The Ballad of Calico

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The Ballad of Calico
Studio album by Kenny Rogers and the First Edition
Released 1972
Label Reprise
Producer Kenny Rogers
Kenny Rogers and the First Edition chronology
Transition
(1971)
The Ballad of Calico
(1972)
Back Roads
(1972)

The Ballad of Calico was the eighth studio album by Kenny Rogers and the First Edition and released as Reprise Records 6476. It reached #118 on the albums chart and produced one single, "School Teacher" which reach #91. The album was released in 1972. The album is a country-rock concept album about the real-life town of Calico, California. The entire double album was written by Michael Murphey and Larry Cansler and the songs tell the stories of individuals who lived in the town.

The various members, not just Rogers, took lead vocals on the different songs, giving the album the sound of it coming from the characters themselves. A booklet with the album includes pictures of the group in period costumes, pictures of the town, and the lyrics written in long-hand with explanations by Murphey about the origins of the individual songs. As of March, 2007, the album remains out of print, though several songs from the album have been released on compilation LPs and CDs.

The individual songs[edit]

Side one[edit]

The album begins with the instrumental "Sunrise Overture" then goes into "Calico Silver" about a man leaving his farm after a drought to a take a job in the silver mines near the town of Calico. "Write Me Down" is about the people who were forgotten over time. "The Way It Used to be" is about day-to-day life in Calico. "Madame De Lil and Diaboilical Bill", the saloon keeper who scares her boyfriend out of town when she finds out he's stealing from her.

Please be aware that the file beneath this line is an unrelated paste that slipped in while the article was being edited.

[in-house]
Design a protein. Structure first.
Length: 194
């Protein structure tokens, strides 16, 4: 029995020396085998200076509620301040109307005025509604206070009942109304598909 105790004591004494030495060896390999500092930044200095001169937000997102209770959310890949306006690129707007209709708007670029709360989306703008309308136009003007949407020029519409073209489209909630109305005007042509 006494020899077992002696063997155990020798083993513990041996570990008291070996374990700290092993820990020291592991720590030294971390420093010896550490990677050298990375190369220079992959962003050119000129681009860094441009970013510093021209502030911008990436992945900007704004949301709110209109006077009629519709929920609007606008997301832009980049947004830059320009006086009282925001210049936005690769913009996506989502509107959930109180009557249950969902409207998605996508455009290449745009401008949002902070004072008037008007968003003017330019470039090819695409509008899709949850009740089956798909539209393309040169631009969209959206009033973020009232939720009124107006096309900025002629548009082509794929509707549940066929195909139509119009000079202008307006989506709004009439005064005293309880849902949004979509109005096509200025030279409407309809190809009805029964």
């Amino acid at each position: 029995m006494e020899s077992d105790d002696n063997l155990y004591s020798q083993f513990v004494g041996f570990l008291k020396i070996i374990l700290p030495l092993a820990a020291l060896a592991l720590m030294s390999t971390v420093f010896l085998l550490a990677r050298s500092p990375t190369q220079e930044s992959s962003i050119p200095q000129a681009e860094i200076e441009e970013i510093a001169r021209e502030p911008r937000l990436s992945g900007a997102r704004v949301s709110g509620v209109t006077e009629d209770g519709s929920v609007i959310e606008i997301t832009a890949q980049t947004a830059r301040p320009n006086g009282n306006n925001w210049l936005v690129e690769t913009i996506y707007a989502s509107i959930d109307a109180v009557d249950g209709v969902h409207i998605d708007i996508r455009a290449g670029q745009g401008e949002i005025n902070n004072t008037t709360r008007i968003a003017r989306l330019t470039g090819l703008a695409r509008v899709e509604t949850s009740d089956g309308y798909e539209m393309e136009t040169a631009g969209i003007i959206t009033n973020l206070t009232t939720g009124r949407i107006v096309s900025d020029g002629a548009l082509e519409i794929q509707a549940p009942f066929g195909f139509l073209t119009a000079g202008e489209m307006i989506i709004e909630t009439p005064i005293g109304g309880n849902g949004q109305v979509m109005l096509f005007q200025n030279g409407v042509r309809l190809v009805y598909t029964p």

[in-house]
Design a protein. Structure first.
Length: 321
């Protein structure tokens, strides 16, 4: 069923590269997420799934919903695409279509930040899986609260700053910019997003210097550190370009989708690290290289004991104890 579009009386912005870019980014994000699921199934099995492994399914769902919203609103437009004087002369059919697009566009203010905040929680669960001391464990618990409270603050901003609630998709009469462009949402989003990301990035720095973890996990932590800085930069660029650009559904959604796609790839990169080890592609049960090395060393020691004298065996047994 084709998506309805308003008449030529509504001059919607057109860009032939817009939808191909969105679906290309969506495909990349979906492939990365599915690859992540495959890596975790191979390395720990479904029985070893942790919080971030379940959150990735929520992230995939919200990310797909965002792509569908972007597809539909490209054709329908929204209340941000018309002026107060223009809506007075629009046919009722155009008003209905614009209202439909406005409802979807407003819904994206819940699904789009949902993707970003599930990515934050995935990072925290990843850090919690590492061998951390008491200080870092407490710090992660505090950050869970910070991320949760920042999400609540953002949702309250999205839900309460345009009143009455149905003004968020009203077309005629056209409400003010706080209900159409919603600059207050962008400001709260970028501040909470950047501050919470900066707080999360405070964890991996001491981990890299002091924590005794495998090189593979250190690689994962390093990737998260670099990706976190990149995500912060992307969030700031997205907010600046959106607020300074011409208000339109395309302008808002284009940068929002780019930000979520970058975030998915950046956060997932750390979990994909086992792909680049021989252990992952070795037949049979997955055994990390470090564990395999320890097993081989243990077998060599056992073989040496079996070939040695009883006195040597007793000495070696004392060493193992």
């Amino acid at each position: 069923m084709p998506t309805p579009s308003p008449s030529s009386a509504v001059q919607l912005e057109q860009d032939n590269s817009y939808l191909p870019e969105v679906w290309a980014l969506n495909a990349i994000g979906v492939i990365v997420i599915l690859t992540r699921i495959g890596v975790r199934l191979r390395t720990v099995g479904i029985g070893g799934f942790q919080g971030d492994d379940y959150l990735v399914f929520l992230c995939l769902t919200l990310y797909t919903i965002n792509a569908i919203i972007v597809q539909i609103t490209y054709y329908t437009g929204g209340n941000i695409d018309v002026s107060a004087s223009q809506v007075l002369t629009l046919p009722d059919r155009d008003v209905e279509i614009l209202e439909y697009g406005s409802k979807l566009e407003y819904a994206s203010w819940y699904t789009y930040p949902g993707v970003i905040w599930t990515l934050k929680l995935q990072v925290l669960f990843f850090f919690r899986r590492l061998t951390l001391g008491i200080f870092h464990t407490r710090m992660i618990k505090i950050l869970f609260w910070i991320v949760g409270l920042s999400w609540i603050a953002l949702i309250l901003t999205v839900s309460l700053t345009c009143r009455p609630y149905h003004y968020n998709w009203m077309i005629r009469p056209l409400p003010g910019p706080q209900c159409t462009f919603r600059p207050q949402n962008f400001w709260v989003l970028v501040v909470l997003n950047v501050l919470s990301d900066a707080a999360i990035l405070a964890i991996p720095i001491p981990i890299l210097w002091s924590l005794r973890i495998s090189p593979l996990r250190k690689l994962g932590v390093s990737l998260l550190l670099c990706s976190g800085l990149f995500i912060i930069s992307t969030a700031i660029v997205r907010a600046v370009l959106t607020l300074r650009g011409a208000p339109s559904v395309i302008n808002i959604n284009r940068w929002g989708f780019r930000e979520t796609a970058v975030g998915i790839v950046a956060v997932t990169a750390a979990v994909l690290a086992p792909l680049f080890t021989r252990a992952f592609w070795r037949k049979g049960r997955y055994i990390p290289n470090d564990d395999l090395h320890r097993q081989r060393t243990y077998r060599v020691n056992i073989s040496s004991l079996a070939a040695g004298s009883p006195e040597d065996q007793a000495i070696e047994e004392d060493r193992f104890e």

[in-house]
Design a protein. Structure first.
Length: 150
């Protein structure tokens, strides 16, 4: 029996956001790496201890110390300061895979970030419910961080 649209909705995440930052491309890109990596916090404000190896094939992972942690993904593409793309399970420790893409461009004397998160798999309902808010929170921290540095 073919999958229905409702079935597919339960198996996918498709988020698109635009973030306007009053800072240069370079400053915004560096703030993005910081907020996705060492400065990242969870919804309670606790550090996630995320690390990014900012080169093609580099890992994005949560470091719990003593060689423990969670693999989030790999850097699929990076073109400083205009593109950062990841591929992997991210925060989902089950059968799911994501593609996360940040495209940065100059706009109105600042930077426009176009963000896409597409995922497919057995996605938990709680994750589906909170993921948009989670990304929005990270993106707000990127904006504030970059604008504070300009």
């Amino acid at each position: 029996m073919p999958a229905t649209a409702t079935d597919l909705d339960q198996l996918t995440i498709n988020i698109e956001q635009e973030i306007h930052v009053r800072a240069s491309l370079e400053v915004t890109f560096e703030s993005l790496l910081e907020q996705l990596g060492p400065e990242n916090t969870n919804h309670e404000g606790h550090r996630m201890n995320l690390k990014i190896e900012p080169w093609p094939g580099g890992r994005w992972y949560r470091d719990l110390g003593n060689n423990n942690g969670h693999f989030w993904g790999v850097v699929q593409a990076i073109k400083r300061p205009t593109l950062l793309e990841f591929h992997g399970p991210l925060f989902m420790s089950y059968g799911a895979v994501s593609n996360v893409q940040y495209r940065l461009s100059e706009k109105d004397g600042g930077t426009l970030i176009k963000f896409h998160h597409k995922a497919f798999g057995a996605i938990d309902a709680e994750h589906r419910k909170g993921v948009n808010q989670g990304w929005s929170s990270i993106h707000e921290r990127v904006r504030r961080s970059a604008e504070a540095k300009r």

Side two[edit]

Side Two begins with "School Teacher", the teacher who faces being an old maid (The teacher, Virginia Merritt, was actually 24 years old at the time and married soon after she left Calico). "Road Agent", about a dead road agent. "Sally Grey's Epitaph" was based almost verbatim on a gravestone in the town cemetery. "Dorsey, the Mail-Carrying Dog", the dog who delivers mail for the disabled postmaster. This song has each member of the group bark like a dog (which is broken by them laughing). The last song suddenly ends with the last phrase "your carrying dog" cut off.

Side three[edit]

Side Three begins with the missing phrase appearing and immediately going into the first song, "Harbor for My Soul". "Calico Saturday Night" is an instrumental, followed by "Trigger Happy Kid" about a young boy who idolizes gunfighters. Side Three closes with "Vachel Carling's Rubilator", is about a con man who creates a machine which takes over the town. [1]

Side four[edit]

"Empty Handed Compadres" is about prospectors who returned without anything. "One Lonely Room" is about a man who never leaves the town after it becomes a ghost town. "Rockin' Chair Theme" is a brief instrumental leading into the next song, "Old Mojave Highway" about the road itself which crossed the desert (now the pathway of Interstate 15). "Man Came up from Town" is about remains of early man later found in the mountains. The album closes with "Calico Silver (reprise)" in which the silver runs out and the town becomes a ghost town.

Track listing[edit]

Side one[edit]

  1. "Sunrise Overture"
  2. "Calico Silver"
  3. "Write Me Down (Don't Forget My Name)"
  4. "The Way It Used to be"
  5. "Madame De Lil and Diabolical Bill"

Side two[edit]

  1. "School Teacher"
  2. "Road Agent"
  3. "Sally Grey's Epitaph"
  4. "Dorsey, the Mail-Carrying Dog"

Side three[edit]

  1. "Harbor for My Soul"
  2. "Calico Saturday Night"
  3. "Trigger Happy Kid"
  4. "Vachel Carling's Rubilator"

Side four[edit]

  1. "Empty Handed Compadres"
  2. "One Lonely Room"
  3. "Rockin' Chair Theme"
  4. "Old Mojave Highway"
  5. "Man Came up from Town"
  6. "Calico Silver (reprise)"

References[edit]

  • Kenny Rogers and the First Edition. The Ballad of Calico (album & liner notes). Reprise Records, 1972.
  • Billboard article about album [2]